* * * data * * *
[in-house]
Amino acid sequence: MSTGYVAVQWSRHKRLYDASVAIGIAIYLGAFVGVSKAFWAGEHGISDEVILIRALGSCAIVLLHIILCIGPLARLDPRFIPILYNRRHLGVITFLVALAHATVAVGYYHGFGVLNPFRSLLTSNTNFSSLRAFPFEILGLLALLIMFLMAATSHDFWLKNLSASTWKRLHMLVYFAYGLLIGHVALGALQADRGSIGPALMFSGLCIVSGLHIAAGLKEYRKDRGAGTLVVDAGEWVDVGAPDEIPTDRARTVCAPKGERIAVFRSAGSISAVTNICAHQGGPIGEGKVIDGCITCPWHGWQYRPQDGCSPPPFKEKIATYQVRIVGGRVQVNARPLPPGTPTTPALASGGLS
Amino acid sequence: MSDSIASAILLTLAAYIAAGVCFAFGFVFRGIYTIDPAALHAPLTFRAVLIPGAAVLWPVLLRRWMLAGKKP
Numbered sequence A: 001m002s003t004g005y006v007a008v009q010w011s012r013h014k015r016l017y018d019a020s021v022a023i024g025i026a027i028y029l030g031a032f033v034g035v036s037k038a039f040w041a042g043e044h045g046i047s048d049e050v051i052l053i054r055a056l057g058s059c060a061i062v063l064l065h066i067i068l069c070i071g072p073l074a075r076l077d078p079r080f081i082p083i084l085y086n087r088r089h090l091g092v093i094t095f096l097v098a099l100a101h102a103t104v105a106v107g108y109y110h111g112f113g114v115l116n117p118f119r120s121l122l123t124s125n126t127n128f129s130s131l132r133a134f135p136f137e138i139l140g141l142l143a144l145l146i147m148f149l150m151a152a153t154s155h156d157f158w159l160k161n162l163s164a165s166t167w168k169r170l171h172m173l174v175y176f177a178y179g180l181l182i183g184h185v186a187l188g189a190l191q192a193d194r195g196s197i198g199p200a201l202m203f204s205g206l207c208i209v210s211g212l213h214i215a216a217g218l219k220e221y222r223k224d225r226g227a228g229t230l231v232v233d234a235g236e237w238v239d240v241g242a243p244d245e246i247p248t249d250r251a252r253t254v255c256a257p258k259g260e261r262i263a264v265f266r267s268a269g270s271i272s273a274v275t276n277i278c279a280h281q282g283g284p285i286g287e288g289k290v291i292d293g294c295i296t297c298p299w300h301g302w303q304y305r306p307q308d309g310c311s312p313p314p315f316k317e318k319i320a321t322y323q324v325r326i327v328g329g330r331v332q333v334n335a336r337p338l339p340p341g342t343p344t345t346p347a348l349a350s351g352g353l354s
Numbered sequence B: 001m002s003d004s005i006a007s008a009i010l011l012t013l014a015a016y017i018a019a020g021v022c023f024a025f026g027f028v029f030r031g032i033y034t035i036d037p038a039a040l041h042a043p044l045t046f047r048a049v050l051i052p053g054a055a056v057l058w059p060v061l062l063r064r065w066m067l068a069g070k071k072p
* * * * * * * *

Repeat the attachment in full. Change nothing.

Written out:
[in-house]
Amino acid sequence: MSTGYVAVQWSRHKRLYDASVAIGIAIYLGAFVGVSKAFWAGEHGISDEVILIRALGSCAIVLLHIILCIGPLARLDPRFIPILYNRRHLGVITFLVALAHATVAVGYYHGFGVLNPFRSLLTSNTNFSSLRAFPFEILGLLALLIMFLMAATSHDFWLKNLSASTWKRLHMLVYFAYGLLIGHVALGALQADRGSIGPALMFSGLCIVSGLHIAAGLKEYRKDRGAGTLVVDAGEWVDVGAPDEIPTDRARTVCAPKGERIAVFRSAGSISAVTNICAHQGGPIGEGKVIDGCITCPWHGWQYRPQDGCSPPPFKEKIATYQVRIVGGRVQVNARPLPPGTPTTPALASGGLS
Amino acid sequence: MSDSIASAILLTLAAYIAAGVCFAFGFVFRGIYTIDPAALHAPLTFRAVLIPGAAVLWPVLLRRWMLAGKKP
Numbered sequence A: 001m002s003t004g005y006v007a008v009q010w011s012r013h014k015r016l017y018d019a020s021v022a023i024g025i026a027i028y029l030g031a032f033v034g035v036s037k038a039f040w041a042g043e044h045g046i047s048d049e050v051i052l053i054r055a056l057g058s059c060a061i062v063l064l065h066i067i068l069c070i071g072p073l074a075r076l077d078p079r080f081i082p083i084l085y086n087r088r089h090l091g092v093i094t095f096l097v098a099l100a101h102a103t104v105a106v107g108y109y110h111g112f113g114v115l116n117p118f119r120s121l122l123t124s125n126t127n128f129s130s131l132r133a134f135p136f137e138i139l140g141l142l143a144l145l146i147m148f149l150m151a152a153t154s155h156d157f158w159l160k161n162l163s164a165s166t167w168k169r170l171h172m173l174v175y176f177a178y179g180l181l182i183g184h185v186a187l188g189a190l191q192a193d194r195g196s197i198g199p200a201l202m203f204s205g206l207c208i209v210s211g212l213h214i215a216a217g218l219k220e221y222r223k224d225r226g227a228g229t230l231v232v233d234a235g236e237w238v239d240v241g242a243p244d245e246i247p248t249d250r251a252r253t254v255c256a257p258k259g260e261r262i263a264v265f266r267s268a269g270s271i272s273a274v275t276n277i278c279a280h281q282g283g284p285i286g287e288g289k290v291i292d293g294c295i296t297c298p299w300h301g302w303q304y305r306p307q308d309g310c311s312p313p314p315f316k317e318k319i320a321t322y323q324v325r326i327v328g329g330r331v332q333v334n335a336r337p338l339p340p341g342t343p344t345t346p347a348l349a350s351g352g353l354s
Numbered sequence B: 001m002s003d004s005i006a007s008a009i010l011l012t013l014a015a016y017i018a019a020g021v022c023f024a025f026g027f028v029f030r031g032i033y034t035i036d037p038a039a040l041h042a043p044l045t046f047r048a049v050l051i052p053g054a055a056v057l058w059p060v061l062l063r064r065w066m067l068a069g070k071k072p